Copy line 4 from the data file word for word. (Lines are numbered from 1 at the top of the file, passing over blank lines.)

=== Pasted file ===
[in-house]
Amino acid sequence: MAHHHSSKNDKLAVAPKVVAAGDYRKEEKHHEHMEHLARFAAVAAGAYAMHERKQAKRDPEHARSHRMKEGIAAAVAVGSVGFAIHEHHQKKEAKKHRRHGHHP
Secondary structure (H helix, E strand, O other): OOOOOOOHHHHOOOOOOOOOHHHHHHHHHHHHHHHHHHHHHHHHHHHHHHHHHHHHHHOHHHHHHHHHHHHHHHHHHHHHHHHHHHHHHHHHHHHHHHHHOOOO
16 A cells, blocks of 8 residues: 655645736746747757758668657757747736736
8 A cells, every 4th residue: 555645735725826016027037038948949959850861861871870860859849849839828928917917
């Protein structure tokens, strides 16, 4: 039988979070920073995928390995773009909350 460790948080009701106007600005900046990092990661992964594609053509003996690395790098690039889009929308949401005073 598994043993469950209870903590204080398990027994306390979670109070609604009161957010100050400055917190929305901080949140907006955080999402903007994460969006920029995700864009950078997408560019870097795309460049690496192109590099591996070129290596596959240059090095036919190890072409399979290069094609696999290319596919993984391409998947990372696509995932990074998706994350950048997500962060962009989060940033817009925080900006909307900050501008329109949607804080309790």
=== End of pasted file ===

16 A cells, blocks of 8 residues: 655645736746747757758668657757747736736